Sunday 11 April 2021

Off With Their Heads


After The Guardian asked its readers to “share your tributes and memories of the Duke of Edinburgh, I blogged this:I am proud to say I turned down an invitation to meet him and his wife. In 1994, and as a Director of War Child, I was invited to a reception at Buckingham Palace for NGOs involved in the Bosnian war. We were operating a mobile bakery to feed hungry families in Mostar and delivering insulin for diabetic children in Sarajevo. Others at War Child didn't share my Republican values and did attend. When the Duke asked them what War Child was doing he was told about the bakery. He quipped, "I bet they steal the bread." He was then told about the insulin deliveries to Sarajevo and added, "I bet they steal that as well."


That was all I wanted to say, but then a friend sent me this in response to my words, “Just think if he’d lived to 100. We’d have had all this and then repeated when he died. Every cloud.” 


Social media were now full of “We are North Korea” comments and the BBC had to issue a special complaints form after so much public anger over the corporation pulling its TV schedules for Friday 9 April.


The media and politicians, from Boris Johnson to Sir Keir Starmer, went into overdrive to explain away the Prince’s racist, sexist and other abusive comments as ‘gaffes’, as off-the-cuff’, and as ‘well-intended’. 


The obsequious, forelock-tugging, was  now on the defensive and the door has been opened to those of us who are opposed to the ‘cap-doffing’ offered up to the remaining vestiges of feudalism in this country. That stretches from the royal family to the unelected House of Lords, to wealth and land ownership.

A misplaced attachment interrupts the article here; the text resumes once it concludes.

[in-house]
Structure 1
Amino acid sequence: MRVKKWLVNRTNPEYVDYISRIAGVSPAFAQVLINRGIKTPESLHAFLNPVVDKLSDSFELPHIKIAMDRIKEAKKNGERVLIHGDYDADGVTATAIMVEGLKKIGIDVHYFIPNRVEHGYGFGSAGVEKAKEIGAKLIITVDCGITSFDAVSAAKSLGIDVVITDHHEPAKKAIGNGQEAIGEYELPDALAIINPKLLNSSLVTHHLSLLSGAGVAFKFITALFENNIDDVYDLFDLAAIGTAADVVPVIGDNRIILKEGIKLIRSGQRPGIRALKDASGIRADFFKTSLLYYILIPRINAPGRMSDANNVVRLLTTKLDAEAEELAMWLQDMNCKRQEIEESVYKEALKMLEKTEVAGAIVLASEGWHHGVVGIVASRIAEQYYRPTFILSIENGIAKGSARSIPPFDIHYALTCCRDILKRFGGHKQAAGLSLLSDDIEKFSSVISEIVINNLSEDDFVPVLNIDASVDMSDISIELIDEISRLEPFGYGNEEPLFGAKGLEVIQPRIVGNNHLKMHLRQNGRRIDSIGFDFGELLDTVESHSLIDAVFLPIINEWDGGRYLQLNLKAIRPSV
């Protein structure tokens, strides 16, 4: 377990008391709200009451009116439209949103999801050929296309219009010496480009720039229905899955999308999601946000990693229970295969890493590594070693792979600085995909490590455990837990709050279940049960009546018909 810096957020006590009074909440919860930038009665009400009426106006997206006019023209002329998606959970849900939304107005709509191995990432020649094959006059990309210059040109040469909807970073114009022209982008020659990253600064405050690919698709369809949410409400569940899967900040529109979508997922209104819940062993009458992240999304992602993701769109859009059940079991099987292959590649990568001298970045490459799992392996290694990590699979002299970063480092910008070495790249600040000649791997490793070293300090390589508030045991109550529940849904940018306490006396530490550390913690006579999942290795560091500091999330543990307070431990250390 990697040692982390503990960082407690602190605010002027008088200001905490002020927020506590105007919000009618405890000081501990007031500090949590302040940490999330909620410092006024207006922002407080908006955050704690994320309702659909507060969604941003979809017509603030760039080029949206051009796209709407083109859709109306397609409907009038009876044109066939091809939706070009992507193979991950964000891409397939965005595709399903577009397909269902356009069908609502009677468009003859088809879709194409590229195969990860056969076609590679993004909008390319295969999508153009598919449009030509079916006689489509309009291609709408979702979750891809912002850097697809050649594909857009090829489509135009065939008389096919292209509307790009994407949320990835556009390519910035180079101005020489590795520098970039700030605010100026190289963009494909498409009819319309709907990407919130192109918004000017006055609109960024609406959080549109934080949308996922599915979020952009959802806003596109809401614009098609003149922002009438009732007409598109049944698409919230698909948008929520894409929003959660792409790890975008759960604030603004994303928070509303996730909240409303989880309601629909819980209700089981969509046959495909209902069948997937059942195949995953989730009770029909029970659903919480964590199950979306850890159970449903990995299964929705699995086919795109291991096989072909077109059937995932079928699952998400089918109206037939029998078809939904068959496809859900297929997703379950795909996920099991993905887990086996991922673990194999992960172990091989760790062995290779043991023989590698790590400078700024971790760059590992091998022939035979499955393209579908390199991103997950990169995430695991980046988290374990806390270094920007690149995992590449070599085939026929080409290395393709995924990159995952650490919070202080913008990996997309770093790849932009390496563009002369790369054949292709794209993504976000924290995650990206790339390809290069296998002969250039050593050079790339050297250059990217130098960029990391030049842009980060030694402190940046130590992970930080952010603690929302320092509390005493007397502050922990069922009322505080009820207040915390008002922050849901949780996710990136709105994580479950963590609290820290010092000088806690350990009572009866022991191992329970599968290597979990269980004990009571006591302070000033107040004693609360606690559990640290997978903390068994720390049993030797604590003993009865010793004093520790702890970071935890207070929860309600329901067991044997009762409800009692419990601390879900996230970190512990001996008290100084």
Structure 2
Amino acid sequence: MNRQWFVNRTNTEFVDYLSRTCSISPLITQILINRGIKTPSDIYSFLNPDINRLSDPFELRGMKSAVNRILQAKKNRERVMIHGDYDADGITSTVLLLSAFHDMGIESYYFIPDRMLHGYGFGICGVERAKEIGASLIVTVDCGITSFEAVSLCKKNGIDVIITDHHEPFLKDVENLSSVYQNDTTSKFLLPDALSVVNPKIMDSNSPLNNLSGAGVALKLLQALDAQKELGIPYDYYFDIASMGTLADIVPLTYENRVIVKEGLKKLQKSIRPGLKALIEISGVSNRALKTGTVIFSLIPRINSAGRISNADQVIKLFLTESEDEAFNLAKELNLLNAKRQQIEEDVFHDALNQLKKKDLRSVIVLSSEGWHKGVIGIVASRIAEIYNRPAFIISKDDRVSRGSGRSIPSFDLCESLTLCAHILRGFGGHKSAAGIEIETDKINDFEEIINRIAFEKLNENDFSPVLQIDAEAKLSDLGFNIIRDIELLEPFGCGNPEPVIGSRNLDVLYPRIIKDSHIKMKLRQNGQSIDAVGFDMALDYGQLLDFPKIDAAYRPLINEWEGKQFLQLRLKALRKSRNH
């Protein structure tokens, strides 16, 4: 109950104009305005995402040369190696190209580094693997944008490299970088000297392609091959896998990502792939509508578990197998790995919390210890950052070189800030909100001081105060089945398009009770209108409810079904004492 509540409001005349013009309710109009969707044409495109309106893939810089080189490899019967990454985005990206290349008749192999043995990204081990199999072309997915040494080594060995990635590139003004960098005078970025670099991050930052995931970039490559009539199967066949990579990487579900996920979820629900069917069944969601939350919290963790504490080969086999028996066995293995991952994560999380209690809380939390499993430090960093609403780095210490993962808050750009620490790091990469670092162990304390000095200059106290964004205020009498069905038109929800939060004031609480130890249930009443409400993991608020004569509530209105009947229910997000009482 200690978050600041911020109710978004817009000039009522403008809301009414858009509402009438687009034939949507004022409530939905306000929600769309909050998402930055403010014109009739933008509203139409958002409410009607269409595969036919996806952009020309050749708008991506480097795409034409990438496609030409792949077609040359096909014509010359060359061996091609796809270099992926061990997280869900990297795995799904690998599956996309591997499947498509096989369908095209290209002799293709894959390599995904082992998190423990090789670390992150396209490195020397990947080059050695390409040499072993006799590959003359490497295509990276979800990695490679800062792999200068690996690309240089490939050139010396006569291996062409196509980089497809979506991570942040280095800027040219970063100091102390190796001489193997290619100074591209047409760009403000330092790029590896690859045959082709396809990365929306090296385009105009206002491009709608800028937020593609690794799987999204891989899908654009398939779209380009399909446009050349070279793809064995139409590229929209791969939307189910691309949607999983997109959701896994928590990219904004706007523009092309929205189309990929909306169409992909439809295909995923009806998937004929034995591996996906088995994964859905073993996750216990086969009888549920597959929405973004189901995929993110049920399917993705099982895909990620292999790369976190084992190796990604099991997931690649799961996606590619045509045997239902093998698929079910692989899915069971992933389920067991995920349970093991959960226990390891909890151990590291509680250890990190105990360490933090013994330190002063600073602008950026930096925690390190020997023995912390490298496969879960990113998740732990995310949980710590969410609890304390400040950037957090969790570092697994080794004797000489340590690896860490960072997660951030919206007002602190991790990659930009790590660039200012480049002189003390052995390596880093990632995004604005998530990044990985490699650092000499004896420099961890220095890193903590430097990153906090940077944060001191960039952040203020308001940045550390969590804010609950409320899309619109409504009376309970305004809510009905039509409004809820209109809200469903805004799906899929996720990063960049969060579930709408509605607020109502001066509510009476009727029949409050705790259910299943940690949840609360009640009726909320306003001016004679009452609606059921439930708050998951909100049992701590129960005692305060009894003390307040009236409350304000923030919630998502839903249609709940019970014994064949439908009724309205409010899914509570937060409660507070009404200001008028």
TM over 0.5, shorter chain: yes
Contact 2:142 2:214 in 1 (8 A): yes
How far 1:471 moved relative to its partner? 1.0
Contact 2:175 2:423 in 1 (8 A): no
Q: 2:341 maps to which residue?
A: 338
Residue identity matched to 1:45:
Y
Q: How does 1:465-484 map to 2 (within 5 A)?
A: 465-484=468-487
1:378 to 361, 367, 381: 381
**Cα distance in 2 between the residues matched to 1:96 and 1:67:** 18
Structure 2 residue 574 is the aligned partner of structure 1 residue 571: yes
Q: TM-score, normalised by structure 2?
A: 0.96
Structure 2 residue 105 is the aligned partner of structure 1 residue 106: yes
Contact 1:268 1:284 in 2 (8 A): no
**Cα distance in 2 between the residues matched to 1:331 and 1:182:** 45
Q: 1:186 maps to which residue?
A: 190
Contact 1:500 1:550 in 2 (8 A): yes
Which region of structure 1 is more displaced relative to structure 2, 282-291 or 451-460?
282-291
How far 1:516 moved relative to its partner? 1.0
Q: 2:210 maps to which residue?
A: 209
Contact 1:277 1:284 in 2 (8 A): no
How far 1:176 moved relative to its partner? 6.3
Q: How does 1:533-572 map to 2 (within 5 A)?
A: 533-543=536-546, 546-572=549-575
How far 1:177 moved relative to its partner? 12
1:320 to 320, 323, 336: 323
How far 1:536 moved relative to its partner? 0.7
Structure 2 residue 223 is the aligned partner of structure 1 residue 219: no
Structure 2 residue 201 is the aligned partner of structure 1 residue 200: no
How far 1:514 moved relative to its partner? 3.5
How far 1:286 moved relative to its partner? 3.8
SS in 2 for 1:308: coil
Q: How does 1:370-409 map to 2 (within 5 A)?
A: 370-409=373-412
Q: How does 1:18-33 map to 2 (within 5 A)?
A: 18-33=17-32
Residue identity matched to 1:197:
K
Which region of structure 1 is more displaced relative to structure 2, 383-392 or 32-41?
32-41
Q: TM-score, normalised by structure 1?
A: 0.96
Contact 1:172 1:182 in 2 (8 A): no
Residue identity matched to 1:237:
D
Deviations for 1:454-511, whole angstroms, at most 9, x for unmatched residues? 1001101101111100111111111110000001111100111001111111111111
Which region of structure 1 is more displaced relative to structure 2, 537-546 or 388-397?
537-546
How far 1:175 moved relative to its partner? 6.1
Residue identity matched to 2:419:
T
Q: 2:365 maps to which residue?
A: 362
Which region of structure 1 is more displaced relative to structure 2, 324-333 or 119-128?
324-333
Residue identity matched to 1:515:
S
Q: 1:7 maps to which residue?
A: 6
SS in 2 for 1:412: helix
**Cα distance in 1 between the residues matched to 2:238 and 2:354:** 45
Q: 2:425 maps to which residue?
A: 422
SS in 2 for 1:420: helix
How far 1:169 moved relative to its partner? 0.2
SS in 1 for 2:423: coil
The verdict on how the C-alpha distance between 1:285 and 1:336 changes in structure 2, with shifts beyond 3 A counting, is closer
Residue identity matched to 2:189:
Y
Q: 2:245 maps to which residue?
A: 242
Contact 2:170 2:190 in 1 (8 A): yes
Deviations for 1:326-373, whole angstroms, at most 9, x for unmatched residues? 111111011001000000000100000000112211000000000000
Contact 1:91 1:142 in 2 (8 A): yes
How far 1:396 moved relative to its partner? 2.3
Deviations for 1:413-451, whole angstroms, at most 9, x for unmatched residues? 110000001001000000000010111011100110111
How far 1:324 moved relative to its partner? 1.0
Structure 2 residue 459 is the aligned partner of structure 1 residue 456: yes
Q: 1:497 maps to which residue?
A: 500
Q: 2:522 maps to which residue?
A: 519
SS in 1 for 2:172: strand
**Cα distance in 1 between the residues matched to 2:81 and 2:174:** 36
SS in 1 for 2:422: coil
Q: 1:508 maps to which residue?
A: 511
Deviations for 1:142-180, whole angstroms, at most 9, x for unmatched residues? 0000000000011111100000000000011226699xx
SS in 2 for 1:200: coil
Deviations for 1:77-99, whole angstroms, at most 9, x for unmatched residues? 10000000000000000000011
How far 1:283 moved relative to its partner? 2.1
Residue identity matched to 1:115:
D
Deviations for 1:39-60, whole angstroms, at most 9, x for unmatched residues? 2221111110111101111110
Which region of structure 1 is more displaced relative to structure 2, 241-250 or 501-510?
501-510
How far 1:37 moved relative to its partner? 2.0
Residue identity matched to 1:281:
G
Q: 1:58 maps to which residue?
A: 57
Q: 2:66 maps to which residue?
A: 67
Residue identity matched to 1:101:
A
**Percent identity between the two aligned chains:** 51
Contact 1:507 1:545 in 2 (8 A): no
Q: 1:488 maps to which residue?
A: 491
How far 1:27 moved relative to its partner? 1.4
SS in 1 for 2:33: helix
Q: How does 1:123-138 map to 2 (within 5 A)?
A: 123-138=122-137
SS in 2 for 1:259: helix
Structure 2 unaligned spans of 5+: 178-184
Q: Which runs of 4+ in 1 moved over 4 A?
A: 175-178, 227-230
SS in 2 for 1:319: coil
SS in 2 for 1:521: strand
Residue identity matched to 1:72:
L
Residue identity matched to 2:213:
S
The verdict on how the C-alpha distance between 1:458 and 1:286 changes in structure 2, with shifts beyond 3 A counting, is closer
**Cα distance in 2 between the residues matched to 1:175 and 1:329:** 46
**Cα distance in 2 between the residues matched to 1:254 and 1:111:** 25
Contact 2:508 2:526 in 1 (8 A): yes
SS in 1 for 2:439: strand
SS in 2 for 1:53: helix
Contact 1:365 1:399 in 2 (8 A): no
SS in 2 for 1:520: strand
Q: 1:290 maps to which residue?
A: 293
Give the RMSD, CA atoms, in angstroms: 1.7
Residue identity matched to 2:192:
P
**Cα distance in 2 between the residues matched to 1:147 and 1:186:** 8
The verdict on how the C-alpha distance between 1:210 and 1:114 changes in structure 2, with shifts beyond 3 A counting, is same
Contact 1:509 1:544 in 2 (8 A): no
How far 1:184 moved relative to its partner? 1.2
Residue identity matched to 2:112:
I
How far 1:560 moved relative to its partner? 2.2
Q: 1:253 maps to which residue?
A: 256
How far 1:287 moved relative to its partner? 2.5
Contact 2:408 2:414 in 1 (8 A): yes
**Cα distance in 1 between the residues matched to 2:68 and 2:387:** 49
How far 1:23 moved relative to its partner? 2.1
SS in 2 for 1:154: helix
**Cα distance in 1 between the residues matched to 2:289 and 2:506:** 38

It is time to resurrect the Commonwealth of Britain Bill first introduced to Parliament 30 years ago by Tony Benn and seconded by Jeremy Corbyn. It proposed a “democratic, federal and secular Commonwealth of Britain”. The monarchy would be abolished, the Royal Family pensioned off, the honours system disbanded, and the Crown Estates nationalised. Supremacy would rest in two democratically elected chambers.


Off with their heads’ has a royal origin, since it was made by the Queen of Hearts in Lewis Carroll's ‘Alice's Adventures in Wonderland’. She went on to say, “Why, sometimes I’ve believed as many as six impossible things before breakfast.” 


I used to think a Republic was an impossible thing both before and after breakfast, but after the last few days I am not so sure. Tony Benn’s Bill needs to return. 


It will be difficult since the only person who has come closest to having his head removed is Benn’s seconder and the official Opposition is led by the ennobled. But perhaps it’s an impossible thing we have to believe in if we want to see who won Masterchef.